Archive for December, 2010
Blogger Staks Rosch at Philly Atheist Examiner has it pretty much right, I think, when he offers Paul Kurtz’s urging (for humanism) to present a positive worldview. Check it out here.
Stacks, the blogger, also touches on the Human Light celebratation. Especially important, I think, is the exercise that went on at the celebratory luncheon in Philly on the 19th. Basically, attendees were invited to come up with their wish for the world–then, to say what they could do to make it happen.
Both the wish and the action suggested are very much in keeping with the spirit of this new blog.
Staks also offers in his post a link to a Neil DeGrasse Tyson video that is well worth anyone’s attention. I sent it to a Christian that’s dear to me as an offering of insight into where I’m coming from.
Many of us, godless in the Bible Belt for short, carry a lot of baggage with/for Christianity. After all it gave us our start or restart, re-birth, renaissance, enlightenment. I can’t help but reflect on the words of the young Christian that I spoke of elsewhere. He wanted those around him to be better off because there was a Christian in their midst.
We should at least strive to equal that goal and sentiment.
I’m torn when I see the atheist billboards that may be offending Christians. On the one hand, the consciousness of the public needs raised. They need to know we are here. Without catching the attention of mainstream society, they forget about us. And it’s too easy to imagine that they want to forget about us.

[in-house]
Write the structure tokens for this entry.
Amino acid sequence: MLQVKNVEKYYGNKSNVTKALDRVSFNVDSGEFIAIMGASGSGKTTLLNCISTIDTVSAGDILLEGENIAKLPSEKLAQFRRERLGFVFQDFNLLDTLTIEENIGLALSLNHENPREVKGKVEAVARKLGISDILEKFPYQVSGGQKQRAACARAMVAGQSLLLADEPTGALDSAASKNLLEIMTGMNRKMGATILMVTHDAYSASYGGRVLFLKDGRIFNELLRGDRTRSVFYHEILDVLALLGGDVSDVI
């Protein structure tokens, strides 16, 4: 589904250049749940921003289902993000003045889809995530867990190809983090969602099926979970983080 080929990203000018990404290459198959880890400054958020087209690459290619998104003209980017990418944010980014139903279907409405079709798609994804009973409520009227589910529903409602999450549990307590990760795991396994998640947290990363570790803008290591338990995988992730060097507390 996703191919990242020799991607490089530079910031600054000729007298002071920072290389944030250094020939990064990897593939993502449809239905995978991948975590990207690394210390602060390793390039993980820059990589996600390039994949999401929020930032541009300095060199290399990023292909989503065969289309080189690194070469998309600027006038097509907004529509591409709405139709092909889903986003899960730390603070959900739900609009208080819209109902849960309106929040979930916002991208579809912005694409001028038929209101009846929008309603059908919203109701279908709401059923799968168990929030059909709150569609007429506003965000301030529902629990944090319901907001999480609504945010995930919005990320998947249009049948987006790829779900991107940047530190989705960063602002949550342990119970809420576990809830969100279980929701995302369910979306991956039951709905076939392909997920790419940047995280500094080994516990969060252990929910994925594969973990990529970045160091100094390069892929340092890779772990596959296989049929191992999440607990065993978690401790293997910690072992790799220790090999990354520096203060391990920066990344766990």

On the other hand, if we offend Christians at Christmas time, are we doing ourselves any good? Granted, it reaches other freethinkers, doubters, brites and it supports and, perhaps, heartens them.
I hope the billboards, bus advertising, and other outdoor media are taken as an invitation to dialogue. For the most part, they aren’t the most offensive statements that could be devised. The advertising may have been ordered without concern or care whether anyone on the otherside of the cultural divide is insulted. Fair enough.
We may be missing the opportunity to forge alliances across the lines. Not all Christians are radical fundamentalists or evangelists. I saw an enlightened young man in a short televised interview say that rather than pursue the course of the old guard, he wanted people’s lives to be better because a Christian lived in the neighborhood. That sounds like the true Christian spirit to me, but not something we’ve heard from those who railed against atheists and humanists in the past.
I suggest we keep that young man’s ideal in mind.
At the same time, I also wonder if we have raised the public consciousness sufficiently? We’re not like a racial minority. We’re not openly visible. And in some ways we’re farther behind the GLBT community in gaining respect. Granted, our treatment hasn’t been as harsh in recent history.
There are now a few atheists in political office. Perhaps there’s less job discrimination. Or is it just easier for us to keep quiet? The gays have been gaining ground in church–one area where I think we’ll always lag. The gays have been in the TV sitcoms for years. I don’t think we’re there yet.
Undoubtedly, Christianity holds sway in the U.S. (I’m dumbfounded when I hear them say they are such a put-upon minority.) As some kind of majority, they get their way. For people of conscience, when they respect us, they’ll care that they haven’t been respecting our feelings and rights.
It seems to me that the question is, how best do we gain respect? Are we still in the protest phase? Do we need to march? Are we in the awareness/consciousness-raising phase? Or are we ready to dialogue? It could be all the above depending on our target audience.
We need to maintain a dialogue (which could entail starting one). I suggest we sidestep their fundies and dialogue with the Christians who want us to be happy they’re here.